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Mc Diagnosis Requires Histological Examination Of Colonic Biopsies
Histological assessment of MC needs to be based on stepped biopsies of the colon, with a minimum of two biopsies taken from each of the ascending, transverse and descending/sigmoid colon in separate specimen containers. MC occurs in two histologically distinct forms: collagenous colitis and lymphocytic colitis . In both CC and LC, inflammation in the lamina propria is present throughout the entire colon. The key histological feature distinguishing CC is the presence of a broad subepithelial collagen band, > 10 µm in thickness, immediately underneath the surface epithelium. The key histological feature that distinguishes LC is an increased number of intraepithelial lymphocytes , with > 20 IELs per 100 epithelial cells generally considered diagnostic. Another MC group may also exist, referred to variably in the literature as MC not otherwise specified, paucicellular LC or, most recently, MC incomplete . In patients with MCi, the collagen layer or number of IELs is abnormal, but below the threshold for CC or LC, though there is still inflammation in the lamina propria.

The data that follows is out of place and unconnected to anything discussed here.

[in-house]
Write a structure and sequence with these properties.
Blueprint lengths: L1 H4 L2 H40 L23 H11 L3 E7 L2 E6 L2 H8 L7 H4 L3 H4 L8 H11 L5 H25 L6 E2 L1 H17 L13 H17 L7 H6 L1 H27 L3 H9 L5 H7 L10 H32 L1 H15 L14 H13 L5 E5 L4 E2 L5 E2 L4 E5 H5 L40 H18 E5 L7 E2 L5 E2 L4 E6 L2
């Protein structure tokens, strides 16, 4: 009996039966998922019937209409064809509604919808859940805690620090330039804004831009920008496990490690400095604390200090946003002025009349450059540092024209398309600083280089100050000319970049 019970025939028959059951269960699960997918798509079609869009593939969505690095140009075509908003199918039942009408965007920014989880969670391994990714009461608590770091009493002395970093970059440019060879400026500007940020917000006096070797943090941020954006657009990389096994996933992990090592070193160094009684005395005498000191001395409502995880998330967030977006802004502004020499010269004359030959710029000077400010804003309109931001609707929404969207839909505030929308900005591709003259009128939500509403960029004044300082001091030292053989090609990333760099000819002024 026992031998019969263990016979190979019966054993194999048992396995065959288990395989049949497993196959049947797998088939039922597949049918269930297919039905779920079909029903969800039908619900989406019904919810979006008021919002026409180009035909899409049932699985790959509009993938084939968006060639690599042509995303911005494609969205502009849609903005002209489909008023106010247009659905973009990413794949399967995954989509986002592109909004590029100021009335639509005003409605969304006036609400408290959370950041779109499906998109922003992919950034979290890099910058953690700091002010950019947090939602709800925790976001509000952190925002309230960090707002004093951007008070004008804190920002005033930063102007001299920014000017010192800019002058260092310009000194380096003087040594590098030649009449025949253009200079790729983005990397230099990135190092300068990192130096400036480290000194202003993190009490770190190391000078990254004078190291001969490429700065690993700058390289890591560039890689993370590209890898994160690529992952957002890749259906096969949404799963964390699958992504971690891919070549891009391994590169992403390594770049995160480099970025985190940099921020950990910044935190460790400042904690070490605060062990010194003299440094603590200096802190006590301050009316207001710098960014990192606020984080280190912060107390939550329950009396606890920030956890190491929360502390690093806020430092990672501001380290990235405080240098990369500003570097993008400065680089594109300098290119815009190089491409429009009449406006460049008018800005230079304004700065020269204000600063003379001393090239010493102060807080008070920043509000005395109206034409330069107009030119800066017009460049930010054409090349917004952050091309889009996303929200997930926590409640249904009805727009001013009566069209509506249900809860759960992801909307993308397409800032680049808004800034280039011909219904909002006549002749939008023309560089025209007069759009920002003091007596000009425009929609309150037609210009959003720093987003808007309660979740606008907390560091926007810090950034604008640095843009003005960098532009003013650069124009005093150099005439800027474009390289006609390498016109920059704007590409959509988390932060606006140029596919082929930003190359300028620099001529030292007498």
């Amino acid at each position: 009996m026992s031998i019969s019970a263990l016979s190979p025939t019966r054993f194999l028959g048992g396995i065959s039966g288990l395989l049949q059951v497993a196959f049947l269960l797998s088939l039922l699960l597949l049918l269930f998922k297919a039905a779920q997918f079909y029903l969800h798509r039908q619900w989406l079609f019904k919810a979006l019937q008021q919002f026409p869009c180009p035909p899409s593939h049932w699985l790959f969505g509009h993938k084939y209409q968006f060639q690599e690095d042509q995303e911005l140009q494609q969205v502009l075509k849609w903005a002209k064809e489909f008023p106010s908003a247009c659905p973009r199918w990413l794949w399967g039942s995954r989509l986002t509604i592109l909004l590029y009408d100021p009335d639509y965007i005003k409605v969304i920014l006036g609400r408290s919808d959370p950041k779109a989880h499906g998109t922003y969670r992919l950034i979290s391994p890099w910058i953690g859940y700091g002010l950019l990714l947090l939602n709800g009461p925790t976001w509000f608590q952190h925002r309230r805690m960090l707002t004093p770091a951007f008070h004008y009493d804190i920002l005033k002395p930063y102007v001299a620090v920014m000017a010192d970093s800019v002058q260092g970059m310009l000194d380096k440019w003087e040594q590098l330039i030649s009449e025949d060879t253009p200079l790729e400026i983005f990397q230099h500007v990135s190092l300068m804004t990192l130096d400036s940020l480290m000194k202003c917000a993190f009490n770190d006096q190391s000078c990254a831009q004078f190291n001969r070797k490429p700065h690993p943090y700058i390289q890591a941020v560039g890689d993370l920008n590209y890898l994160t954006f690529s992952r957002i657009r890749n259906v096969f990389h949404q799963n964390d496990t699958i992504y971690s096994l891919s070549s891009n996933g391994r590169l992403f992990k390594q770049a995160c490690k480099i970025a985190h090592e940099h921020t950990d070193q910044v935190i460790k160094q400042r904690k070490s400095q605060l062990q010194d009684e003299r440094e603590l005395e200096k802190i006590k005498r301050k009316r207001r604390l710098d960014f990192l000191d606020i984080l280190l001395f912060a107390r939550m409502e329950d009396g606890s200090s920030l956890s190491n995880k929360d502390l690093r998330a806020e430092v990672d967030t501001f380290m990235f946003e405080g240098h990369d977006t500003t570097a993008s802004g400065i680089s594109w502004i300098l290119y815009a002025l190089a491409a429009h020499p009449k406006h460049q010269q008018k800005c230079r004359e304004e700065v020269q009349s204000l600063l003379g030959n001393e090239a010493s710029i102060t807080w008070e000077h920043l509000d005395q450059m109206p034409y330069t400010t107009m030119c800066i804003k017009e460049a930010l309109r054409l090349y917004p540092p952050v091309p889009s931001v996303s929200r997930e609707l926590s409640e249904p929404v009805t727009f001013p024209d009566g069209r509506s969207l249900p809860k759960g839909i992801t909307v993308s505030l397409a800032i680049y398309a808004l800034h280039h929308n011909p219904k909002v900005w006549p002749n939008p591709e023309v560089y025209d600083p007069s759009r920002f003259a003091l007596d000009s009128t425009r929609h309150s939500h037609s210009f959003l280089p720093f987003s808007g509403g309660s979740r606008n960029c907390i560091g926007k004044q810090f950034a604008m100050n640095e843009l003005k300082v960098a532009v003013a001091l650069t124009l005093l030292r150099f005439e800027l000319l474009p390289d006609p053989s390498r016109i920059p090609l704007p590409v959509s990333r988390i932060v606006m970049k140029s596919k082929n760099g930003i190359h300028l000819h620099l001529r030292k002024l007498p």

What Are The Risk Factors Of Ulcerative Colitis
It is estimated that as many as one million Americans have IBD with that number evenly split between Crohns disease and ulcerative colitis. Males and females appear to be affected equally. The usual age of diagnosis with ulcerative colitis is in the mid-30s, although the disease can occur at any age. Men are more likely than women to be diagnosed with ulcerative colitis in their 50s and 60s. The incidence is greater in whites than non-whites, and a higher incidence is found in Jews than in non-Jews.
IBD tends to run in families. Studies have shown that up to 20 percent of patients with ulcerative colitis will have a close relative with either Crohns disease or ulcerative colitis. There is no way to predict which, if any, family members will develop ulcerative colitis.
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What Is The Difference Between Collagenous Colitis And Lymphocytic Colitis